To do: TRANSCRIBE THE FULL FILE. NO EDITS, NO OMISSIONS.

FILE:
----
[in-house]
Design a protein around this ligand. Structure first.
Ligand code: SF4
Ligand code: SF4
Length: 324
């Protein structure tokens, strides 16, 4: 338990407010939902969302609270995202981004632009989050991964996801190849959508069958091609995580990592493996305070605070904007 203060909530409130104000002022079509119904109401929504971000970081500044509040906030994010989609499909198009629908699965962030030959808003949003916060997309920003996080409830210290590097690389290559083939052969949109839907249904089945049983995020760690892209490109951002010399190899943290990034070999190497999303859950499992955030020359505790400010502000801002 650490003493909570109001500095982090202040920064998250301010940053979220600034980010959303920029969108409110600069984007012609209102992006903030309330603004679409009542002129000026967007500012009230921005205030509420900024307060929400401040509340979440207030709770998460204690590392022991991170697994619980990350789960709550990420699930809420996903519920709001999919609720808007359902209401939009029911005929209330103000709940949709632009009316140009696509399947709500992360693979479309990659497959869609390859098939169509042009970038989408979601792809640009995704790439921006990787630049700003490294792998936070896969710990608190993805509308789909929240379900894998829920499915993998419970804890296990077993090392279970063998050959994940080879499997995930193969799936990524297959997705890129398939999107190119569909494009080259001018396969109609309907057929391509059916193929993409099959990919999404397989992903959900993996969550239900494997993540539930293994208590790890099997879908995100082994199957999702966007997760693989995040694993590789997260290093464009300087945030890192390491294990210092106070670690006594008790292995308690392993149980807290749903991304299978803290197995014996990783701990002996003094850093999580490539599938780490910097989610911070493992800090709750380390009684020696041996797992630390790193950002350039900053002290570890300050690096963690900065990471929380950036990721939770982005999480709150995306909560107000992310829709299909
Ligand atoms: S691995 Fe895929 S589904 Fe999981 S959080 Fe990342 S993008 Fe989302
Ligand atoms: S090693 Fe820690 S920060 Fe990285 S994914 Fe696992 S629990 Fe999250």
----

[in-house]
Design a protein around this ligand. Structure first.
Ligand code: SF4
Ligand code: SF4
Length: 324
């Protein structure tokens, strides 16, 4: 338990407010939902969302609270995202981004632009989050991964996801190849959508069958091609995580990592493996305070605070904007 203060909530409130104000002022079509119904109401929504971000970081500044509040906030994010989609499909198009629908699965962030030959808003949003916060997309920003996080409830210290590097690389290559083939052969949109839907249904089945049983995020760690892209490109951002010399190899943290990034070999190497999303859950499992955030020359505790400010502000801002 650490003493909570109001500095982090202040920064998250301010940053979220600034980010959303920029969108409110600069984007012609209102992006903030309330603004679409009542002129000026967007500012009230921005205030509420900024307060929400401040509340979440207030709770998460204690590392022991991170697994619980990350789960709550990420699930809420996903519920709001999919609720808007359902209401939009029911005929209330103000709940949709632009009316140009696509399947709500992360693979479309990659497959869609390859098939169509042009970038989408979601792809640009995704790439921006990787630049700003490294792998936070896969710990608190993805509308789909929240379900894998829920499915993998419970804890296990077993090392279970063998050959994940080879499997995930193969799936990524297959997705890129398939999107190119569909494009080259001018396969109609309907057929391509059916193929993409099959990919999404397989992903959900993996969550239900494997993540539930293994208590790890099997879908995100082994199957999702966007997760693989995040694993590789997260290093464009300087945030890192390491294990210092106070670690006594008790292995308690392993149980807290749903991304299978803290197995014996990783701990002996003094850093999580490539599938780490910097989610911070493992800090709750380390009684020696041996797992630390790193950002350039900053002290570890300050690096963690900065990471929380950036990721939770982005999480709150995306909560107000992310829709299909
Ligand atoms: S691995 Fe895929 S589904 Fe999981 S959080 Fe990342 S993008 Fe989302
Ligand atoms: S090693 Fe820690 S920060 Fe990285 S994914 Fe696992 S629990 Fe999250």